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Founded2003 (2003)[citation needed]
FounderJohn Buckman
Country of originU.S.
LocationBerkeley, California

Magnatune is an American independent record label based in Berkeley, California, founded in spring 2003.[1] It only sold music for download through its website but added a print-CD-on-demand service in late 2004 and in October 2007 began selling complete albums and individual tracks through[citation needed] In May 2008, Magnatune launched all-you-can-eat membership plans. From March 2010 Magnatune dropped the CD printing service and moved exclusively to all-you-can-eat membership plans.[2] Magnatune was the first record label to license music online[3] and as of May 2015 had sold over 7,000 licenses in its twelve years of existence.[4]


Magnatune makes non-exclusive agreements with artists and gives them 50% of any proceeds from online sales or licensing.[5] These kinds of policies were very unusual for a record label in 2003–2004.[citation needed] Users can stream or download music in MP3 format (no DRM) without charge before choosing whether to buy or not. (Some MP3s available for free download have Magnatune advertisements in them.)[6] Buyers used to be able to purchase individual albums and choose their own price, from US$5 to $18 per album, but in March 2010 Magnatune moved to a subscriptions-only business model, where buyers have to purchase a monthly subscription (with a three-month minimum) under which they can download as much music as they like from Magnatune.[2] Customers may download music they have purchased in WAV, FLAC, MP3, Ogg Vorbis and AAC encoding formats. Music files sold by Magnatune do not use any form of digital rights management to prevent customers from making copies of music files they have purchased; Magnatune encourages buyers to share up to three copies with friends.[7]

All of the tracks downloaded free of charge are licensed under the Creative Commons Attribution-NonCommercial-ShareAlike License.[citation needed] Even though using liberal licensing is not a new idea in itself, Magnatune is one of the first companies to try to build a business in music around this idea.[citation needed]


John Buckman is founder of Magnatune.[citation needed] In 1994, Buckman and his ex-wife Jan Hanford founded Lyris Technologies. Buckman was CEO and primary programmer of Lyris' product line: Lyris ListServer, MailShield, and MailEngine. He sold the company in June 2005. In August 2006, he launched the for-profit corporation BookMooch, an online community for the exchange of used books, which—in combination with his work with Magnatune—has associated Buckman with the Free Culture movement. In September 2007, he was elected to the Board of Directors of the Electronic Frontier Foundation[8] and in February 2010 was appointed chairman of the board.[9] In April 2015 Buckman launched Decent Espresso,[10] a company that is designing a new home espresso machine.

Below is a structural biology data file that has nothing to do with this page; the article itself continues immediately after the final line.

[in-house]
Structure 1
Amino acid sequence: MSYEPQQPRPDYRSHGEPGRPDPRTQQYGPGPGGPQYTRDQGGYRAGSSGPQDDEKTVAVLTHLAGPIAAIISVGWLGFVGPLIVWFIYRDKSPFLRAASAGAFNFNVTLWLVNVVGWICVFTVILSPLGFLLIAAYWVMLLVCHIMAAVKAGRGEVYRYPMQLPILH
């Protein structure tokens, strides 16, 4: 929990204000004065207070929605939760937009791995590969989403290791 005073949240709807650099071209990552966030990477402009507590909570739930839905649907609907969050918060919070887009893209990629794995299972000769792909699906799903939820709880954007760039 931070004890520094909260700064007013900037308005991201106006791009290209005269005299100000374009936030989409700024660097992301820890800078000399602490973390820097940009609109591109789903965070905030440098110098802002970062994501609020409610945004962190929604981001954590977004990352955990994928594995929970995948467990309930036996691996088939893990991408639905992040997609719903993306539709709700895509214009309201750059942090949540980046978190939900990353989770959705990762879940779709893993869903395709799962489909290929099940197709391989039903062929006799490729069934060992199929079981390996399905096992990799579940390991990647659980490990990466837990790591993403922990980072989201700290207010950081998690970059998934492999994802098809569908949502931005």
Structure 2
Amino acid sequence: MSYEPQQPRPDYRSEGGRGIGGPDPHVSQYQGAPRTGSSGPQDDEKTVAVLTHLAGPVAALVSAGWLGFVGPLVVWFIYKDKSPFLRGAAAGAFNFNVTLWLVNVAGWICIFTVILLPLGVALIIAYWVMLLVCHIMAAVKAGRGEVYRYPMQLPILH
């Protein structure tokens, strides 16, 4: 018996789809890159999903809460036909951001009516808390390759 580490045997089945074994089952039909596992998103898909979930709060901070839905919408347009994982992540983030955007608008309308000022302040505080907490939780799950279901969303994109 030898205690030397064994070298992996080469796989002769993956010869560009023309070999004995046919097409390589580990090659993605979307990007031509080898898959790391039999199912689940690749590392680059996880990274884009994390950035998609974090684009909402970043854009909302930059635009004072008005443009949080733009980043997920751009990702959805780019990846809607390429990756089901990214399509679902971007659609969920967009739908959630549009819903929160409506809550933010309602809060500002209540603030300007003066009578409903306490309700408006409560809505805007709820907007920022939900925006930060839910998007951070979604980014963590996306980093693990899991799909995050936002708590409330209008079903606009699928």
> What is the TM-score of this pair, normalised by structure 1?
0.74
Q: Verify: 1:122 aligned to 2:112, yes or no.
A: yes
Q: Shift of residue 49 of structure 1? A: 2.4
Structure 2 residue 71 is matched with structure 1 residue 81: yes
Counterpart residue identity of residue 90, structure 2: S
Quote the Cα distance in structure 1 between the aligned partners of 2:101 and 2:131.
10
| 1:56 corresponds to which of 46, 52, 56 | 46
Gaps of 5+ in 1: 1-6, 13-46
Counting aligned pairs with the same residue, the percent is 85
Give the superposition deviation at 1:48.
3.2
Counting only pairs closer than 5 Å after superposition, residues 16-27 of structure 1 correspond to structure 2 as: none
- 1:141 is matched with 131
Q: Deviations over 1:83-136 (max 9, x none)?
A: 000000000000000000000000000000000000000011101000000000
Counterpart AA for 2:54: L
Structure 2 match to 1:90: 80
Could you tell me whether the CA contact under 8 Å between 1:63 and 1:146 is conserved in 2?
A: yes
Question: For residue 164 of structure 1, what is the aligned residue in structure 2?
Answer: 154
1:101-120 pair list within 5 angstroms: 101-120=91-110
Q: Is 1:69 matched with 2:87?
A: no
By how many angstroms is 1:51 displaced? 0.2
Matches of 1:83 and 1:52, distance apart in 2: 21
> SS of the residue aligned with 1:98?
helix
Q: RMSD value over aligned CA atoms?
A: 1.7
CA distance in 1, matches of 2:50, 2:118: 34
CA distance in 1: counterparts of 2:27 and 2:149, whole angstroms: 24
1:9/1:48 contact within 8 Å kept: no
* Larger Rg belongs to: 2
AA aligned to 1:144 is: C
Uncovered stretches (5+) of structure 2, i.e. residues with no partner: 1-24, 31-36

Buckman is the co-author of an article in SysAdmin Magazine (later acquired by Dr. Dobbs) entitled "Which OS is Fastest for High-Performance Network Applications?"[11] and the author of an article in Linux Journal entitled "Magnatune, an Open Music Experiment."[12]

Integration with media players[edit]

Magnatune has an XML API that has made integration within media players possible. Amarok (from version 1.4.4, released in October 2006) allows users to preview and buy music from all signed artists from within the application. Rhythmbox 0.9.7 added this functionality in December 2006. A Slim Devices plugin for Logitech Media Server is available.[13] A plugin for Songbird is also available.[14] Clementine added support for Magnatune in version 0.4.[15]

See also[edit]


  1. ^ "Hear no evil". The Economist. 15 September 2005. Retrieved 20 January 2013.
  2. ^ a b John Buckman (2010-03-17). "Magnatune blog: New Business Model for Magnatune". Retrieved 2016-11-13.
  3. ^ "License music from". Magnatune. Retrieved 2016-11-13.
  4. ^ "Music Licensing at Magnatune". Magnatune. Retrieved 2016-11-13.
  5. ^ Linux Journal, issue 118. (2004-02-01). "Magnatune, an Open Music Experiment (Archived)". Archived from the original on 2019-07-01.{{cite web}}: CS1 maint: numeric names: authors list (link)
  6. ^ John Buckman (2011-02-05). "Magnatune blog: Short adverts". Retrieved 2016-11-13.
  7. ^ Magnatune. "Give 3 Free Copies to Your Friends".
  8. ^ "Two Leading Technologists Join EFF Board of Directors". Electronic Frontier Foundation. Archived from the original on 2008-07-06. Retrieved 2016-12-04.
  9. ^ "10 Year Term of EFF Chairman Winds Down with EFF's 20th Anniversary Tonight". Electronic Frontier Foundation. 10 February 2010.
  10. ^ NYTM (30 April 2015). "ZPM Espresso and the Rage of the Jilted Crowdfunder". The New York Times.
  11. ^ Buckman, John & Rothman, Jeffrey B. (2001). "Which OS is Fastest for High-Performance Network Applications?". Sys Admin Magazine.
  12. ^ Buckman, John (2004). "Magnatune, an Open Music Experiment". Linux Journal.
  13. ^ "Magnatune for SqueezeCenter download |". Archived from the original on 2008-09-27. Retrieved 2016-11-13.
  14. ^ "Songbird Add-ons". Archived from the original on 2008-05-03. Retrieved 2008-05-02.
  15. ^ "GitHub – clementine-player/Clementine: Clementine Music Player". Retrieved 2016-11-13.

External links[edit]